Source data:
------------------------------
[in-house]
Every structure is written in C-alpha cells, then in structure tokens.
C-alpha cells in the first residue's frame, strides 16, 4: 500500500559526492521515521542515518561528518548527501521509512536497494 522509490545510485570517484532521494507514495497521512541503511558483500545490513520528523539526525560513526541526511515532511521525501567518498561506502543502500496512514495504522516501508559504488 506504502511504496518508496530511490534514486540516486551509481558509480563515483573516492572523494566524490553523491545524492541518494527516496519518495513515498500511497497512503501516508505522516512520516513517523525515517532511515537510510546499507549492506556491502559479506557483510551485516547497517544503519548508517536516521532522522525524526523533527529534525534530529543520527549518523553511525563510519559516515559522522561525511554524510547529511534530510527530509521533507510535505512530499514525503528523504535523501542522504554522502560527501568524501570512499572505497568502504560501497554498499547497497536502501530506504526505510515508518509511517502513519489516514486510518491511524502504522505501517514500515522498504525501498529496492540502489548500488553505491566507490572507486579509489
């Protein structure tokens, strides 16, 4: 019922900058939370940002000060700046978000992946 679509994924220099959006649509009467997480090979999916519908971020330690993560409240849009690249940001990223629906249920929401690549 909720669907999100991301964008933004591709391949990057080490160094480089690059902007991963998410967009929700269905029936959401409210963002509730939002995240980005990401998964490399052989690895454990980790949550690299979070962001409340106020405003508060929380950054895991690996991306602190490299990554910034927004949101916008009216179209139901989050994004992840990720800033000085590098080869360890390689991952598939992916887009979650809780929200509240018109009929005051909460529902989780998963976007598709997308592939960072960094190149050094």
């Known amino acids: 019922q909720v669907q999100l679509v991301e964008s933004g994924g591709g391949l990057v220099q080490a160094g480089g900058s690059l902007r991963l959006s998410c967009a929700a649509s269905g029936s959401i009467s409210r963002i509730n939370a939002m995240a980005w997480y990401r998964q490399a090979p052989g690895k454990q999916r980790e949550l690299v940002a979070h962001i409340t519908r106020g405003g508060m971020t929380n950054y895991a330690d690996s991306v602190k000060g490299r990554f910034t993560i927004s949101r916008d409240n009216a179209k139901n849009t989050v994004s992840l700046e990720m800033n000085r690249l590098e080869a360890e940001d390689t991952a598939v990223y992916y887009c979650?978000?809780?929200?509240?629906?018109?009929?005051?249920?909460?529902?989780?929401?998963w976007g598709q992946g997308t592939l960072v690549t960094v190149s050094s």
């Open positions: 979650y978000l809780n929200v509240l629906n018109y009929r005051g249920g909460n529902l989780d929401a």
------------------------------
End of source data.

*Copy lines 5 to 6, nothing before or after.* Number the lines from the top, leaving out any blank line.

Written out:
């Known amino acids: 019922q909720v669907q999100l679509v991301e964008s933004g994924g591709g391949l990057v220099q080490a160094g480089g900058s690059l902007r991963l959006s998410c967009a929700a649509s269905g029936s959401i009467s409210r963002i509730n939370a939002m995240a980005w997480y990401r998964q490399a090979p052989g690895k454990q999916r980790e949550l690299v940002a979070h962001i409340t519908r106020g405003g508060m971020t929380n950054y895991a330690d690996s991306v602190k000060g490299r990554f910034t993560i927004s949101r916008d409240n009216a179209k139901n849009t989050v994004s992840l700046e990720m800033n000085r690249l590098e080869a360890e940001d390689t991952a598939v990223y992916y887009c979650?978000?809780?929200?509240?629906?018109?009929?005051?249920?909460?529902?989780?929401?998963w976007g598709q992946g997308t592939l960072v690549t960094v190149s050094s």
């Open positions: 979650y978000l809780n929200v509240l629906n018109y009929r005051g249920g909460n529902l989780d929401a």